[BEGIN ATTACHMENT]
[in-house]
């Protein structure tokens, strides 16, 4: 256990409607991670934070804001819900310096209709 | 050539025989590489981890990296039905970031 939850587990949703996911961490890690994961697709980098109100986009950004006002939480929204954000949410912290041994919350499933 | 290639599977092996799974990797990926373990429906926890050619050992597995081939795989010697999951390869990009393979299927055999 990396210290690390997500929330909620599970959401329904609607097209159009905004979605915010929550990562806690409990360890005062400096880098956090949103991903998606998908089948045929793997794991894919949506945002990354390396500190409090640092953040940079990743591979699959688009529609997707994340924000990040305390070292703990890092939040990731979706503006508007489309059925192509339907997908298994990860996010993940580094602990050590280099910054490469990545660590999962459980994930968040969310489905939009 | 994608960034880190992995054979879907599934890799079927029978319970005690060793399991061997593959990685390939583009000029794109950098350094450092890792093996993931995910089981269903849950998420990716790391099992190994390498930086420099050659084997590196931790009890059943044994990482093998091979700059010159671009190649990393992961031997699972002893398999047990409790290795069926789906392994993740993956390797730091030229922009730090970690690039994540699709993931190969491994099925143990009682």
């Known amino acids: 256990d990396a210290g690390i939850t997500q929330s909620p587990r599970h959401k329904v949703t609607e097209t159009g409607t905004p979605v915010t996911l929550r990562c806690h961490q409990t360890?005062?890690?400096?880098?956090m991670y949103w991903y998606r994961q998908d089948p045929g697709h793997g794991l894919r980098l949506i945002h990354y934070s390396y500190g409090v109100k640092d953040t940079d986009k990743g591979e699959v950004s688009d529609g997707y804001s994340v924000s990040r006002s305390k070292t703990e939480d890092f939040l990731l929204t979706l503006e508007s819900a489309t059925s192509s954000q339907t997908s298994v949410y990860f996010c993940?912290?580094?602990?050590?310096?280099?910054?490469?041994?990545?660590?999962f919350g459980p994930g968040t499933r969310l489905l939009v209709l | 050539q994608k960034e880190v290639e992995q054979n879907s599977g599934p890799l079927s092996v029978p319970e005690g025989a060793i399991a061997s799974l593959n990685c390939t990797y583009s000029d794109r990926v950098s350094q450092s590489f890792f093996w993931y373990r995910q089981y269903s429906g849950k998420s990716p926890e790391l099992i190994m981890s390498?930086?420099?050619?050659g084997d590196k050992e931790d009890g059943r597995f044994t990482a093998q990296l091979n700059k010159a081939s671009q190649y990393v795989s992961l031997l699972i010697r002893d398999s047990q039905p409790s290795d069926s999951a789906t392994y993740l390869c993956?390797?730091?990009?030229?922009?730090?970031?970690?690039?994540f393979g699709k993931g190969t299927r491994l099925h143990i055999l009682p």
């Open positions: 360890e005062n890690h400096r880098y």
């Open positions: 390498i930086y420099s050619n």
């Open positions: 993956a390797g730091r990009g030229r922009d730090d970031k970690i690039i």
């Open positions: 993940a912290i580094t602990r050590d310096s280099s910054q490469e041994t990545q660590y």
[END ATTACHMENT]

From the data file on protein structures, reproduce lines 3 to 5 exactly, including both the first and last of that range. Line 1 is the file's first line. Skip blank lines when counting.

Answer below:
């Known amino acids: 256990d990396a210290g690390i939850t997500q929330s909620p587990r599970h959401k329904v949703t609607e097209t159009g409607t905004p979605v915010t996911l929550r990562c806690h961490q409990t360890?005062?890690?400096?880098?956090m991670y949103w991903y998606r994961q998908d089948p045929g697709h793997g794991l894919r980098l949506i945002h990354y934070s390396y500190g409090v109100k640092d953040t940079d986009k990743g591979e699959v950004s688009d529609g997707y804001s994340v924000s990040r006002s305390k070292t703990e939480d890092f939040l990731l929204t979706l503006e508007s819900a489309t059925s192509s954000q339907t997908s298994v949410y990860f996010c993940?912290?580094?602990?050590?310096?280099?910054?490469?041994?990545?660590?999962f919350g459980p994930g968040t499933r969310l489905l939009v209709l | 050539q994608k960034e880190v290639e992995q054979n879907s599977g599934p890799l079927s092996v029978p319970e005690g025989a060793i399991a061997s799974l593959n990685c390939t990797y583009s000029d794109r990926v950098s350094q450092s590489f890792f093996w993931y373990r995910q089981y269903s429906g849950k998420s990716p926890e790391l099992i190994m981890s390498?930086?420099?050619?050659g084997d590196k050992e931790d009890g059943r597995f044994t990482a093998q990296l091979n700059k010159a081939s671009q190649y990393v795989s992961l031997l699972i010697r002893d398999s047990q039905p409790s290795d069926s999951a789906t392994y993740l390869c993956?390797?730091?990009?030229?922009?730090?970031?970690?690039?994540f393979g699709k993931g190969t299927r491994l099925h143990i055999l009682p």
């Open positions: 360890e005062n890690h400096r880098y």
């Open positions: 390498i930086y420099s050619n």